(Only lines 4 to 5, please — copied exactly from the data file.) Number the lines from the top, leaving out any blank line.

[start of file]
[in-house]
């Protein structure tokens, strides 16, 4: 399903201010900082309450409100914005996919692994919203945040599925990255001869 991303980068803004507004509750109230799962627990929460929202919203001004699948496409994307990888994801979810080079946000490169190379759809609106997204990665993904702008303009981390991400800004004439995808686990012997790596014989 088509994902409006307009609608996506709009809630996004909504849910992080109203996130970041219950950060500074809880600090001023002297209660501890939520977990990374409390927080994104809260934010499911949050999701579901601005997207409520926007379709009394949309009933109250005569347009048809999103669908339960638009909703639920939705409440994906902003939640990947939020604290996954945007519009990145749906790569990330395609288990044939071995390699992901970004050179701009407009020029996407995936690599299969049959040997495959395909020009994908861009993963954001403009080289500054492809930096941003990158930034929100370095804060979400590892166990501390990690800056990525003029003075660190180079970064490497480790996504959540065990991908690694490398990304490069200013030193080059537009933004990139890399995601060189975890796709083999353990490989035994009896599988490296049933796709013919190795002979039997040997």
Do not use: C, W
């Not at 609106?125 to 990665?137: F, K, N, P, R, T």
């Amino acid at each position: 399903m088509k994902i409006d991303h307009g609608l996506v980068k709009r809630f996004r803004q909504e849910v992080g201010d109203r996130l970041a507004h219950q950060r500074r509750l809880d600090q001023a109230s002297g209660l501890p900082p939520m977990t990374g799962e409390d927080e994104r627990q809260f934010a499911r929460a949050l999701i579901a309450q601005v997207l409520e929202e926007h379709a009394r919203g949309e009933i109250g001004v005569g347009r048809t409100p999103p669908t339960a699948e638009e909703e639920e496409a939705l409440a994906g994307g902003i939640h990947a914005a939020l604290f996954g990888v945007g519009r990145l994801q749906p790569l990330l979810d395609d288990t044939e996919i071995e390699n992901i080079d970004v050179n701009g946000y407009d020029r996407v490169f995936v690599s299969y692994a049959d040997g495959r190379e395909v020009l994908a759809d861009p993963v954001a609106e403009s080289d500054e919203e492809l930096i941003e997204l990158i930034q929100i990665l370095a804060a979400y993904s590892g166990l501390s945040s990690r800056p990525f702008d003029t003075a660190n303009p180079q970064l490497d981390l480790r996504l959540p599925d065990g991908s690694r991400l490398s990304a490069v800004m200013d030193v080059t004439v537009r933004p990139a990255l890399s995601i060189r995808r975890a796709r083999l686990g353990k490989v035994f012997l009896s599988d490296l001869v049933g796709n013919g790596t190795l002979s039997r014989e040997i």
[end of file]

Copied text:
């Not at 609106?125 to 990665?137: F, K, N, P, R, T």
């Amino acid at each position: 399903m088509k994902i409006d991303h307009g609608l996506v980068k709009r809630f996004r803004q909504e849910v992080g201010d109203r996130l970041a507004h219950q950060r500074r509750l809880d600090q001023a109230s002297g209660l501890p900082p939520m977990t990374g799962e409390d927080e994104r627990q809260f934010a499911r929460a949050l999701i579901a309450q601005v997207l409520e929202e926007h379709a009394r919203g949309e009933i109250g001004v005569g347009r048809t409100p999103p669908t339960a699948e638009e909703e639920e496409a939705l409440a994906g994307g902003i939640h990947a914005a939020l604290f996954g990888v945007g519009r990145l994801q749906p790569l990330l979810d395609d288990t044939e996919i071995e390699n992901i080079d970004v050179n701009g946000y407009d020029r996407v490169f995936v690599s299969y692994a049959d040997g495959r190379e395909v020009l994908a759809d861009p993963v954001a609106e403009s080289d500054e919203e492809l930096i941003e997204l990158i930034q929100i990665l370095a804060a979400y993904s590892g166990l501390s945040s990690r800056p990525f702008d003029t003075a660190n303009p180079q970064l490497d981390l480790r996504l959540p599925d065990g991908s690694r991400l490398s990304a490069v800004m200013d030193v080059t004439v537009r933004p990139a990255l890399s995601i060189r995808r975890a796709r083999l686990g353990k490989v035994f012997l009896s599988d490296l001869v049933g796709n013919g790596t190795l002979s039997r014989e040997i």